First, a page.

Transcription activator-like effector nuclease (TALEN)-mediated female-specific sterility in the silkworm, Bombyx mori.
Xu J., Wang Y., Li Z., Ling L., Zeng B., James AA., Tan A., Huang Y.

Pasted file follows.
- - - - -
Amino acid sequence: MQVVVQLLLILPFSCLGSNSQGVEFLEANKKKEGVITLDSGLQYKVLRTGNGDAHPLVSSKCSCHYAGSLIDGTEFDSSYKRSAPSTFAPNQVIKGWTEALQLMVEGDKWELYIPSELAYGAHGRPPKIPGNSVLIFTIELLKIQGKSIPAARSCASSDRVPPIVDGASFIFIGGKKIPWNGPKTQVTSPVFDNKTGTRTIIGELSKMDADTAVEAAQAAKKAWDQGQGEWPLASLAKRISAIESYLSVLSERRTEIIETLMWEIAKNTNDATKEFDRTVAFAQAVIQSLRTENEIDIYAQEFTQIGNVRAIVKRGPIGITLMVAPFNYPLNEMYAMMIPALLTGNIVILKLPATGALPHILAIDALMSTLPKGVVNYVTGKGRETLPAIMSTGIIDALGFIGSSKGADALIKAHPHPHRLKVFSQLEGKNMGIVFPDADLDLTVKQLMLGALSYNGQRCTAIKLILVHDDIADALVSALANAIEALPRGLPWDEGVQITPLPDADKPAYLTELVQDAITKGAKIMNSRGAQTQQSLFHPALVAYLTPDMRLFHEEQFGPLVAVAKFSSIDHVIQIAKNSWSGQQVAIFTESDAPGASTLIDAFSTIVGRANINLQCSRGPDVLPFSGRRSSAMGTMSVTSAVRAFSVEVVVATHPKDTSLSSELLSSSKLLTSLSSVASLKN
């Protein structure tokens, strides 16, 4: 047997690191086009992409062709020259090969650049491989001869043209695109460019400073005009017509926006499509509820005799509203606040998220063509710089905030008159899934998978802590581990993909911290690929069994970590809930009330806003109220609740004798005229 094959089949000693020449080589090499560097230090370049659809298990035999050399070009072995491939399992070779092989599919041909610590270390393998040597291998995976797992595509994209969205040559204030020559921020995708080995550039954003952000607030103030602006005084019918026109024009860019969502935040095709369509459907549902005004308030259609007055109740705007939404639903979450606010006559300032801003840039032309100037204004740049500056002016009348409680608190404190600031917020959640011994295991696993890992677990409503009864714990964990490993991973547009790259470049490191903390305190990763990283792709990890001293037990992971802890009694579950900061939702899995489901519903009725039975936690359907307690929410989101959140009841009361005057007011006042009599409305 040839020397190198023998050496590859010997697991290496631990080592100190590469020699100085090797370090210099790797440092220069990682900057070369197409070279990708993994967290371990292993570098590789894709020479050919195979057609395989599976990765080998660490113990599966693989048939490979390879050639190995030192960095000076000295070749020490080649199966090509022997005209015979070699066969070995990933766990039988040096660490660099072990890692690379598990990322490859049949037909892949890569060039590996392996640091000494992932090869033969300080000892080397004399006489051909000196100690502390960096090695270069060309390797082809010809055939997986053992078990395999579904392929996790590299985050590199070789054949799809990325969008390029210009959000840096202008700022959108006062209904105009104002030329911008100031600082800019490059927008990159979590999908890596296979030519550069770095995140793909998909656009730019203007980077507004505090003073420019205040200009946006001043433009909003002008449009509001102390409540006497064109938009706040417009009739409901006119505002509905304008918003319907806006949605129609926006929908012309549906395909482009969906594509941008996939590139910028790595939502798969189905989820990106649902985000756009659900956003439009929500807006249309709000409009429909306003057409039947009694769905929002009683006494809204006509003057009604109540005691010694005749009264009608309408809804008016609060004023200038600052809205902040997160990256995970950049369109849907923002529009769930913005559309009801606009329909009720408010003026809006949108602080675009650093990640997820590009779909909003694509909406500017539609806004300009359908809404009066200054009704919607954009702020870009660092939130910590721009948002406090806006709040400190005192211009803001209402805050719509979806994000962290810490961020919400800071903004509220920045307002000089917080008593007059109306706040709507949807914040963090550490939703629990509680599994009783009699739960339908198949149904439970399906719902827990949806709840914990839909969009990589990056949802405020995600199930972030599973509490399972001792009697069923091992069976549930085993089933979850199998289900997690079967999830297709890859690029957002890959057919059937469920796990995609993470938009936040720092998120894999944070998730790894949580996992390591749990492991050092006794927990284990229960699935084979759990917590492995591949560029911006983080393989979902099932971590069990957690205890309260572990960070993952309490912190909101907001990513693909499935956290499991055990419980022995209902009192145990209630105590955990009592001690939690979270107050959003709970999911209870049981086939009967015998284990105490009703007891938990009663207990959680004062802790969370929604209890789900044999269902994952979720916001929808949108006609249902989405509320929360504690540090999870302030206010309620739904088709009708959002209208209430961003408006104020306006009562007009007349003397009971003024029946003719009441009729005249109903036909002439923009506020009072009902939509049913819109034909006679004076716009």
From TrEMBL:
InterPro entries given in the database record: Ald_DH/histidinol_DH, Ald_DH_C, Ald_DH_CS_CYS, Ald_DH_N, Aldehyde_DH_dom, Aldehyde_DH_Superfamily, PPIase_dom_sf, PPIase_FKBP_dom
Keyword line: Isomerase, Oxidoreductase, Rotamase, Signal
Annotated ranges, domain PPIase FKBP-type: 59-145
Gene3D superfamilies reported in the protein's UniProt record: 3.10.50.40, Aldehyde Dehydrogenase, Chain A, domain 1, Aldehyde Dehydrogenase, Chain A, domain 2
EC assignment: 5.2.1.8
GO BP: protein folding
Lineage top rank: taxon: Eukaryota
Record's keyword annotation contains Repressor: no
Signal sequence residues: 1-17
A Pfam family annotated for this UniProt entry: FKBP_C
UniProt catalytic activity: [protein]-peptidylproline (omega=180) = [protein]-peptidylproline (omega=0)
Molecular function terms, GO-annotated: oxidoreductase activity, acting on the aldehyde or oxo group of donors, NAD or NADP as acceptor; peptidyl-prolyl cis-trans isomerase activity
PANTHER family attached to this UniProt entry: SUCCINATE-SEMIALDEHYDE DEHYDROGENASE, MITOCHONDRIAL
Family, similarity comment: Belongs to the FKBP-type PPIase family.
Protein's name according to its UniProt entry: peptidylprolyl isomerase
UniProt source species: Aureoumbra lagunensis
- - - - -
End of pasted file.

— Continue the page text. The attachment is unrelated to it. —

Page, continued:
Engineering sex-specific sterility is critical for developing transgene-based sterile insect technology. Targeted genome engineering achieved by customized zinc-finger nuclease, transcription activator-like effector nuclease (TALEN) or clustered, regularly interspaced, short palindromic repeats/Cas9 systems has been exploited extensively in a variety of model organisms; however, screening mutated individuals without a detectable phenotype is still challenging. In addition, genetically recessive mutations only detectable in homozygotes make the experiments time-consuming. In the present study, we model a novel genetic system in the silkworm, Bombyx mori, that results in female-specific sterility by combining transgenesis with TALEN technologies. This system induces sex-specific sterility at a high efficiency by targeting the female-specific exon of the B. mori doublesex (Bmdsx) gene, which has sex-specific splicing isoforms regulating somatic sexual development. Transgenic animals co-expressing TALEN left and right arms targeting the female-specific Bmdsx exon resulted in somatic mutations and female mutants lost fecundity because of lack of egg storage and abnormal external genitalia. The wild-type sexual dimorphism of abdominal segment was not evident in mutant females. In contrast, there were no deleterious effects in mutant male moths. The current somatic TALEN technologies provide a promising approach for future insect functional genetics, thus providing the basis for the development of attractive genetic alternatives for insect population management.